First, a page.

Dad PETER LEE murdered his wife, their 6-year-old child, and her parents back in 2007. As usual, there were lots of opportunities that could have been taken to prevent this atrocity. But the system dropped the ball, and left these people defenseless against this abusive whack-job with a PROVEN history of violence. If anything good is to come of these events, the system must be reformed. Number 1 on my list: Don't release these creeps on bail! What the hell do you think is going to happen after you let them out, all pissy and bent out of shape? There are lots of other good ideas that are suggested too. Now let's see if British Columbia just does the talk, or whether they do the walk.
Murder-suicide inquest: Jury recommends B.C. domestic violence unit, improved policing, stricter bail
Peter Lee was arrested for previously harming his wife Sunny Park but was released on bail.
By Cindy E. Harnett, Times Colonist
December 19, 2009
The province should set up a B.C.-wide domestic violence unit, slap GPS monitors on high-risk offenders on bail, and teach kids about family violence in schools starting in kindergarten.
Those are among the 14 recommendations handed down Friday by coroner’s inquest jurors who reviewed what happened in a multiple murder-suicide in Oak Bay two years ago.
On Sept. 4, 2007, Peter Lee stabbed to death his six-year-old child, wife and her parents before killing himself.
The 12-day inquest, which spanned nearly two years because of court battles, heard from 35 witnesses.
Lawyer Diane Turner, who represented the Ending Violence Association at the inquest, said she’s pleased with the recommendations. “I would hope that the deaths of five people in this fashion would motivate the government to really do something about this,” she said.
If the province backs the recommendations with funding, the capital region’s four municipal police forces and three RCMP detachments could form one domestic-violence unit.
That proposal by the Victoria Police Department in the wake of the murder-suicide has sat on a shelf waiting for approval from the region’s chiefs for two years. Tired of waiting, Victoria is set to roll out its own unit in January.
B.C. Solicitor General Kash Heed said the Lee murder-suicide was “a terrible and tragic incident” and that he’ll ensure there is a specially trained domestic violence unit, or series of units, in the capital region.
“If I don’t see any movement there I will determine what I can do from my perspective to move it along,” Heed said in an interview.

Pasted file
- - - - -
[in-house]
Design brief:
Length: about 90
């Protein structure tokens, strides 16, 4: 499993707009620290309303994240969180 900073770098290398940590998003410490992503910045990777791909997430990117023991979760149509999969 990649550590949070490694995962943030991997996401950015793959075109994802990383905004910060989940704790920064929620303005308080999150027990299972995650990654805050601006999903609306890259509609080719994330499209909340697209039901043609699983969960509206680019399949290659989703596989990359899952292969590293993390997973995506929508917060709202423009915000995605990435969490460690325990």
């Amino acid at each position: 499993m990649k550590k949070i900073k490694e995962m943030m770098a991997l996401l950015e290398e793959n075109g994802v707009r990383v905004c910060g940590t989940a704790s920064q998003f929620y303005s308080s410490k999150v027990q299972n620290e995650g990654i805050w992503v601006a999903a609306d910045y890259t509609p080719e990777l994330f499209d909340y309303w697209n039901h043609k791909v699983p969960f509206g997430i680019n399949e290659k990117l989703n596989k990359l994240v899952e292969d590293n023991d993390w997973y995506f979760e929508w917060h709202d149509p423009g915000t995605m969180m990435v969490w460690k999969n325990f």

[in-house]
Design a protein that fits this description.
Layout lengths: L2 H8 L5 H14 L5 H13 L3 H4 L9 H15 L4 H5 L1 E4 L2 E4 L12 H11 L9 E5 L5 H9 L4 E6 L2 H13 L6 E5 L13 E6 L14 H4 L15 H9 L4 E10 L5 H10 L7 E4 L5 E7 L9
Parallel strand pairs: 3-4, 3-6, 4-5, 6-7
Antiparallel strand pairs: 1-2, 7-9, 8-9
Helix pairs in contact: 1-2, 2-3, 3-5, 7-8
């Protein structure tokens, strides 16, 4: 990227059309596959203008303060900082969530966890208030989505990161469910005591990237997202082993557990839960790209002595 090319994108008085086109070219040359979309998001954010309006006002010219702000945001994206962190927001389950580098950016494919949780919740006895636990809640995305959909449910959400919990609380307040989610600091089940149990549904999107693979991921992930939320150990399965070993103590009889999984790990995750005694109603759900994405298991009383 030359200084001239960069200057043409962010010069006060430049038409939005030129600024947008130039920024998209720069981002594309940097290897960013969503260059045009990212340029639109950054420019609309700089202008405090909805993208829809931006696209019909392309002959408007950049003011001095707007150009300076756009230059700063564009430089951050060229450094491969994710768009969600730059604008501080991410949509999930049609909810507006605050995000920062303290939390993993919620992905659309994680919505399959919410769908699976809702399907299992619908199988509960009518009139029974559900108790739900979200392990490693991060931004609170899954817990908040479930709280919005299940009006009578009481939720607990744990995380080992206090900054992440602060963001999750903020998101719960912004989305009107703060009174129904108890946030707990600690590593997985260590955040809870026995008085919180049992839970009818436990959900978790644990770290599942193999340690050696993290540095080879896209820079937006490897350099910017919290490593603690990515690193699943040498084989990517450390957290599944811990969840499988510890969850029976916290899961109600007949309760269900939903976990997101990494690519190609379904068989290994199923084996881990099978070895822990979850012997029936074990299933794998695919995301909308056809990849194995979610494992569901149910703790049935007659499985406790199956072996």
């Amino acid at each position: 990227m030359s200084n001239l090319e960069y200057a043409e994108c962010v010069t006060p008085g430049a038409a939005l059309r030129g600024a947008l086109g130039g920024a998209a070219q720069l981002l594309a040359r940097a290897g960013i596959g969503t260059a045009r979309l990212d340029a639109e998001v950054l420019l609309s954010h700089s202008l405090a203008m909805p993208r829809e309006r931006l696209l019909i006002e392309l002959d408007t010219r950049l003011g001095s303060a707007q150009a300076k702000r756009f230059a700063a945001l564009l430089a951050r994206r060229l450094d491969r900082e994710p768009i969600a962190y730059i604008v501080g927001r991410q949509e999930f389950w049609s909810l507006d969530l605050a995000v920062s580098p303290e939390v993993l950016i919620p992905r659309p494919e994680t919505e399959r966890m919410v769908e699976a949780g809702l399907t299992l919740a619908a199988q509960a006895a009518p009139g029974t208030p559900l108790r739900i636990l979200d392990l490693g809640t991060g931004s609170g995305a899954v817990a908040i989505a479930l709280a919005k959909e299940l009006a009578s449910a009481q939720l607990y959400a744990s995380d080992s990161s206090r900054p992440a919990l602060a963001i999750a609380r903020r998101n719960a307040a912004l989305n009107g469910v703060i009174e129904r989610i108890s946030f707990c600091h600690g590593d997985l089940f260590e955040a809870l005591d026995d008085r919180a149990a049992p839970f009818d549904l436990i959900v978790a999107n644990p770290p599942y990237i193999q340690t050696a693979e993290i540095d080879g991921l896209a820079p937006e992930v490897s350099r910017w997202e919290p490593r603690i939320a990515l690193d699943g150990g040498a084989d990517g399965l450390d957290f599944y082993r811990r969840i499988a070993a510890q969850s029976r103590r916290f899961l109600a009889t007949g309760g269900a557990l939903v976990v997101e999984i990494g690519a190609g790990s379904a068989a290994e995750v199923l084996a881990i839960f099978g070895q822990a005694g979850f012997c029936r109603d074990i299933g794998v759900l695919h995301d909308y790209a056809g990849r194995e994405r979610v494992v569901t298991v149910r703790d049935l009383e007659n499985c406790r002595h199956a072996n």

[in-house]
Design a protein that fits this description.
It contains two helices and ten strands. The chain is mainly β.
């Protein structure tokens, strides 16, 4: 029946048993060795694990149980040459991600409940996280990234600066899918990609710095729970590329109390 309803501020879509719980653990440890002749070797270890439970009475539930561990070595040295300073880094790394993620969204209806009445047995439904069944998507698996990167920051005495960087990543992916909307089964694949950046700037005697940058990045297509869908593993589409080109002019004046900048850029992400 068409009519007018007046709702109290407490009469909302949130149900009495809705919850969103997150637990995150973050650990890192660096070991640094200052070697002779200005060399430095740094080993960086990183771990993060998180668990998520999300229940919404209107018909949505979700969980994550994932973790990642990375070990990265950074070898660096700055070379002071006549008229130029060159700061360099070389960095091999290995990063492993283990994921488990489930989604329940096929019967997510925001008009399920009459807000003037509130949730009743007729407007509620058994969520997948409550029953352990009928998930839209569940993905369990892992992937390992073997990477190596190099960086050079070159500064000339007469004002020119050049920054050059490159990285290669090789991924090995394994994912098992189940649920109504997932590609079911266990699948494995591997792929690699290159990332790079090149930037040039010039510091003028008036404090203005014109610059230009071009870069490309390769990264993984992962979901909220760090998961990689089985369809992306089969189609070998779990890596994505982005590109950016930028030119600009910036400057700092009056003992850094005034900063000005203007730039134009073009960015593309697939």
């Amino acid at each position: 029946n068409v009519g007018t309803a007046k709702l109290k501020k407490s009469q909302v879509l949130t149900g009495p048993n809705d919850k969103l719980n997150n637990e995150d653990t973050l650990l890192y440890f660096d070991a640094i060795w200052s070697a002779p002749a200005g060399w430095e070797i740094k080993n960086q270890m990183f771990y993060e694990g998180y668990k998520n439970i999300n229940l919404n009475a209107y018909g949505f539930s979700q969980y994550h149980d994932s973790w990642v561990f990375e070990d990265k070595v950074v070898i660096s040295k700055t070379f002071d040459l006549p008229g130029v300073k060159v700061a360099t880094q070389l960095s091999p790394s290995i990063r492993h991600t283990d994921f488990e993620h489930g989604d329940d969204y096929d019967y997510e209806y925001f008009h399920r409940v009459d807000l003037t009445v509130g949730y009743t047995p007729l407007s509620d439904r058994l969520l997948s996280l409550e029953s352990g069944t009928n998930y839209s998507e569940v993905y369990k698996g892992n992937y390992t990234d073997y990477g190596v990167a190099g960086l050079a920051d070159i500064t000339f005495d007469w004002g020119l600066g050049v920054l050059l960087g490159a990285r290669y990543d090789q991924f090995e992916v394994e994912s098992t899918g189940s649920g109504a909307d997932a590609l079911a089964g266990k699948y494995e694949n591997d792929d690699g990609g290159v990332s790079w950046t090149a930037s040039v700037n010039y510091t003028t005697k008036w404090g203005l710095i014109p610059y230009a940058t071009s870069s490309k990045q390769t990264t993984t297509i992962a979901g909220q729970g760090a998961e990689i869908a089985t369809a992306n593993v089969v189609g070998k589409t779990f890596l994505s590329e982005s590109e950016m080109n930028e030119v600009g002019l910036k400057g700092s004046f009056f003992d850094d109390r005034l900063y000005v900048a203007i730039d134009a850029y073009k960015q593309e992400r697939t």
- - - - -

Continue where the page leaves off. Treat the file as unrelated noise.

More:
The jury’s recommendations mirror a recent report by Mary Ellen Turpel-Lafond, B.C.’s representative for children and youth, who concluded the province failed to protect six-year-old Christian Lee because of a fractured, underfunded and uncoordinated justice system.
Turpel-Lafond said she agrees with many of the jurors’ recommendations, including those for a B.C.-wide domestic violence unit, but warned the government can’t run the justice system “on the cheap.”
The inquest was delayed for 19 months after coroner Jeff Dolan requested that Crown prosecutors testify. Eventually, the courts ruled the prosecutors would not be forced to testify to protect their independence.
The jury also recommended standardized risk assessments be used by police and Crown prosecutors before bail is set and standardized domestic-violence training for all service providers in the justice system.
Lee was out on bail and under orders not to contact his wife when he broke into their home on King George Terrace about 3 a.m. on Sept. 4, 2007. He applied duct tape to the basement window to diminish the sound of breaking glass and crept in.
In a frenzied attack that took only minutes, he stabbed to death his son, his wife Sunny Park, and her parents Kum Lea Chun and Moon Kyu Park.
Lee then brought together the bloodied bodies of his wife and child, leaned over them, and plunged a knife into his heart. That day, Lee had been scheduled to appear in court to face assault charges on another matter. Christian Lee was to begin his first day in Grade 1.
The recommendations are:
To Solicitor General for B.C.
1. Continue unification efforts for various police departments.
2. Before release of high-risk accused on bail, properly screened and appropriate sureties but be provided.
3. All police dpeartments work across jurisdictional boundaries as one unit.
To Attorney General for B.C.
4. All victims and abusers should be provided with univerally available advocacy services. Such services to be intiated upon first contact.
5. Risk assessment be made at the front end of process before bail conditions set.